Don't cash a check from VeraSun Energy without checking with an attorney, warms, Iowa State University Ag Law Professor Roger McEowen.
VeraSun declared bankruptcy in October and gained permission from the bankruptcy court to pay farmers for grain delivered from Oct. 11 to Oct. 31, but language on re-issued checks appears to relieve VeraSun of its obligations to honor high-priced contracts, McEowen says.
In a letter to corn suppliers, VeraSun said, "To get authority from the court to pay for corn delivered before the filing date, we will need acknowledgement from you that you will continue to do business with us on normal terms. This acknowledgment will be on the back of the check to pay for the corn and will be accepted by your endorsement."
However, farmers and elevators that sign the checks in order to get prompt payment for their corn appear to have agreed to continue supplying corn at prevailing market prices, says McEowen.
This language appears to trump any obligations that VeraSun has to pay the contract prices they agreed to pay farmers and elevators, while requiring farmers and elevators to continue selling corn at current market prices.
McEowen advises those who receive checks from VeraSun for grain delivered between Oct. 11 to Oct. 13 to consult with their attorneys to determine what their future obligations will be if they endorse the check. "They could be agreeing to deliver corn at the prevailing market price with payment on the most favorable terms provided within the past 12 months," he says.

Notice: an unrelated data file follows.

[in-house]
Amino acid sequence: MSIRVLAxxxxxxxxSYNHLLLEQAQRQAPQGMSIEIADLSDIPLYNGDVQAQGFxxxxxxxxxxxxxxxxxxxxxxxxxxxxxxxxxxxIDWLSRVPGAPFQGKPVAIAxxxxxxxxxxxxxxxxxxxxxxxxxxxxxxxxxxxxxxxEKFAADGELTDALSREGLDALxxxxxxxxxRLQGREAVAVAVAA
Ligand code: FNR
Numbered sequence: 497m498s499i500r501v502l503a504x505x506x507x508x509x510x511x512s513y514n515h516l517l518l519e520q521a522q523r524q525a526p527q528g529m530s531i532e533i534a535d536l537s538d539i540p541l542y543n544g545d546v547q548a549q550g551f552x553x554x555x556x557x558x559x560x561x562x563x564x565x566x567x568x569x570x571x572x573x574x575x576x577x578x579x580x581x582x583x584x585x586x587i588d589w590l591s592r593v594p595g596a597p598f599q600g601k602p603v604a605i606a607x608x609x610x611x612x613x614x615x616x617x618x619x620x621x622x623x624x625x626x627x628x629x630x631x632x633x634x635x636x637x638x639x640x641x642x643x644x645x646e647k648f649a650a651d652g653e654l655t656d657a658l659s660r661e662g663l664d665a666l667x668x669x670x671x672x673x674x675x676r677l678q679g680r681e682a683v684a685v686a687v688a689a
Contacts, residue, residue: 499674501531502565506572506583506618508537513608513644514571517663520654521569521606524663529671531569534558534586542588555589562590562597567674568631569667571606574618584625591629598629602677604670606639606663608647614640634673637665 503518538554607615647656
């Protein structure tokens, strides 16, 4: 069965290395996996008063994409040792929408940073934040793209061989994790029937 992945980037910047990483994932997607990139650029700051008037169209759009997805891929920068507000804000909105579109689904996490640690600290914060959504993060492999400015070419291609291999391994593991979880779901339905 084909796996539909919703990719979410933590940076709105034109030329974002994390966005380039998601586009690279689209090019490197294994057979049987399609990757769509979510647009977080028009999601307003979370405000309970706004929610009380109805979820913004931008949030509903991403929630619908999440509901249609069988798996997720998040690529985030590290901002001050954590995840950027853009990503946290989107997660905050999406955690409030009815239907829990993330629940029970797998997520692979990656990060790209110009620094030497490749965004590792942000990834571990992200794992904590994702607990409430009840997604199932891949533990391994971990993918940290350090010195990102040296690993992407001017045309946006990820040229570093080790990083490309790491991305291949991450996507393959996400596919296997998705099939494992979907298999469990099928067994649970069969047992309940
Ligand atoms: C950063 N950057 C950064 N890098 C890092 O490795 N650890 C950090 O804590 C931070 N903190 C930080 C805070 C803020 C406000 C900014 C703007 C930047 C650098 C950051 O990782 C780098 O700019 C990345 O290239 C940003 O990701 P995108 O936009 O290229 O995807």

The bankruptcy code allows a debtor to decide whether to accept or reject contracts such as grain supply contracts through the date of confirmation of the plan. For example, if a farmer or elevator has a contract to sell corn to VeraSun for $5.25 per bushel and the prevailing market price rises to $6 per bushel, VeraSun has the option to enforce the contract by accepting the contract.
"At this time VeraSun appears to have the upper hand as it can wait until plan confirmation to decide whether to accept or reject corn contracts, while the farmers and elevators that have agreed to sell to VeraSun are required to honor those contracts until VeraSun decides whether to accept them," says McEowen.
Contract holders can seek limits on time for VeraSun to accept or reject contracts through the bankruptcy court. If a corn supply contract is rejected by a buyer, the contract holder can market the grain and file an unsecured claim that can share in any dividend paid to VeraSun's unsecured creditors. But no guarantee exists that any payment will be made to unsecured creditors, notes McEowen. Farmers who supplied corn to VeraSun before Oct. 11 will be treated as unsecured creditors.